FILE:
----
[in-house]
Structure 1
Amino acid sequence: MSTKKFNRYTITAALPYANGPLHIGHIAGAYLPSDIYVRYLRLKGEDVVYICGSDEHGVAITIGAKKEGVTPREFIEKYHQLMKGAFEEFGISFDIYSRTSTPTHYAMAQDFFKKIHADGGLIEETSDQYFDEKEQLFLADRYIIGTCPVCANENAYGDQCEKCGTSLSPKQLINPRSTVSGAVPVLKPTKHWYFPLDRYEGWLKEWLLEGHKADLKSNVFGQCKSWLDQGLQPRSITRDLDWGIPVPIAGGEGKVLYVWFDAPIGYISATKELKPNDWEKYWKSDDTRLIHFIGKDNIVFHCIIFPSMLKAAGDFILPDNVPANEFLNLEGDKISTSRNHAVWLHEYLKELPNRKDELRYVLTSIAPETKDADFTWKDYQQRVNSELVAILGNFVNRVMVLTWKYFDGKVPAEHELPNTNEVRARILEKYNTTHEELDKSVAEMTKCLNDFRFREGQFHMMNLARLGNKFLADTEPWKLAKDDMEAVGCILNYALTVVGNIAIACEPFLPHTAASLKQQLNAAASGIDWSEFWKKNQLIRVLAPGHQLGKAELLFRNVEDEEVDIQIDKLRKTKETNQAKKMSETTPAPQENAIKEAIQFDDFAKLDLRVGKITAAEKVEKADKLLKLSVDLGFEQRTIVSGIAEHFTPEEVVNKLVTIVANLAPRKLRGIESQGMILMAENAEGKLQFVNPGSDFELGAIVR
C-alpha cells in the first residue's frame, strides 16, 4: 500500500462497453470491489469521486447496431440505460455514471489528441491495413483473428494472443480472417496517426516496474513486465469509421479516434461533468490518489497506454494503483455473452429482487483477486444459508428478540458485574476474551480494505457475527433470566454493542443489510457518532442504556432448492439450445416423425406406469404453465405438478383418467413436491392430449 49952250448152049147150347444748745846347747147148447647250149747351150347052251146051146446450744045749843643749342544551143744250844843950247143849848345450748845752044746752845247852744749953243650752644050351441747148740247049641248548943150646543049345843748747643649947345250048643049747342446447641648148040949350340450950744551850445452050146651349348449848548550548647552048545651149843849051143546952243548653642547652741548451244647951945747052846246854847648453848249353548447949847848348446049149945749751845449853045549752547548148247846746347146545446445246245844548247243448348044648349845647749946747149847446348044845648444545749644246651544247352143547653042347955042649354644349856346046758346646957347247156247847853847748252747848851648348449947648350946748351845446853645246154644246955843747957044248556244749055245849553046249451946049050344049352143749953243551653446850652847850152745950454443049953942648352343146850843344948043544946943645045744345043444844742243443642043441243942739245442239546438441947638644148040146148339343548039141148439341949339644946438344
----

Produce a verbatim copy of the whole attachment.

[in-house]
Structure 1
Amino acid sequence: MSTKKFNRYTITAALPYANGPLHIGHIAGAYLPSDIYVRYLRLKGEDVVYICGSDEHGVAITIGAKKEGVTPREFIEKYHQLMKGAFEEFGISFDIYSRTSTPTHYAMAQDFFKKIHADGGLIEETSDQYFDEKEQLFLADRYIIGTCPVCANENAYGDQCEKCGTSLSPKQLINPRSTVSGAVPVLKPTKHWYFPLDRYEGWLKEWLLEGHKADLKSNVFGQCKSWLDQGLQPRSITRDLDWGIPVPIAGGEGKVLYVWFDAPIGYISATKELKPNDWEKYWKSDDTRLIHFIGKDNIVFHCIIFPSMLKAAGDFILPDNVPANEFLNLEGDKISTSRNHAVWLHEYLKELPNRKDELRYVLTSIAPETKDADFTWKDYQQRVNSELVAILGNFVNRVMVLTWKYFDGKVPAEHELPNTNEVRARILEKYNTTHEELDKSVAEMTKCLNDFRFREGQFHMMNLARLGNKFLADTEPWKLAKDDMEAVGCILNYALTVVGNIAIACEPFLPHTAASLKQQLNAAASGIDWSEFWKKNQLIRVLAPGHQLGKAELLFRNVEDEEVDIQIDKLRKTKETNQAKKMSETTPAPQENAIKEAIQFDDFAKLDLRVGKITAAEKVEKADKLLKLSVDLGFEQRTIVSGIAEHFTPEEVVNKLVTIVANLAPRKLRGIESQGMILMAENAEGKLQFVNPGSDFELGAIVR
C-alpha cells in the first residue's frame, strides 16, 4: 500500500462497453470491489469521486447496431440505460455514471489528441491495413483473428494472443480472417496517426516496474513486465469509421479516434461533468490518489497506454494503483455473452429482487483477486444459508428478540458485574476474551480494505457475527433470566454493542443489510457518532442504556432448492439450445416423425406406469404453465405438478383418467413436491392430449 49952250448152049147150347444748745846347747147148447647250149747351150347052251146051146446450744045749843643749342544551143744250844843950247143849848345450748845752044746752845247852744749953243650752644050351441747148740247049641248548943150646543049345843748747643649947345250048643049747342446447641648148040949350340450950744551850445452050146651349348449848548550548647552048545651149843849051143546952243548653642547652741548451244647951945747052846246854847648453848249353548447949847848348446049149945749751845449853045549752547548148247846746347146545446445246245844548247243448348044648349845647749946747149847446348044845648444545749644246651544247352143547653042347955042649354644349856346046758346646957347247156247847853847748252747848851648348449947648350946748351845446853645246154644246955843747957044248556244749055245849553046249451946049050344049352143749953243551653446850652847850152745950454443049953942648352343146850843344948043544946943645045744345043444844742243443642043441243942739245442239546438441947638644148040146148339343548039141148439341949339644946438344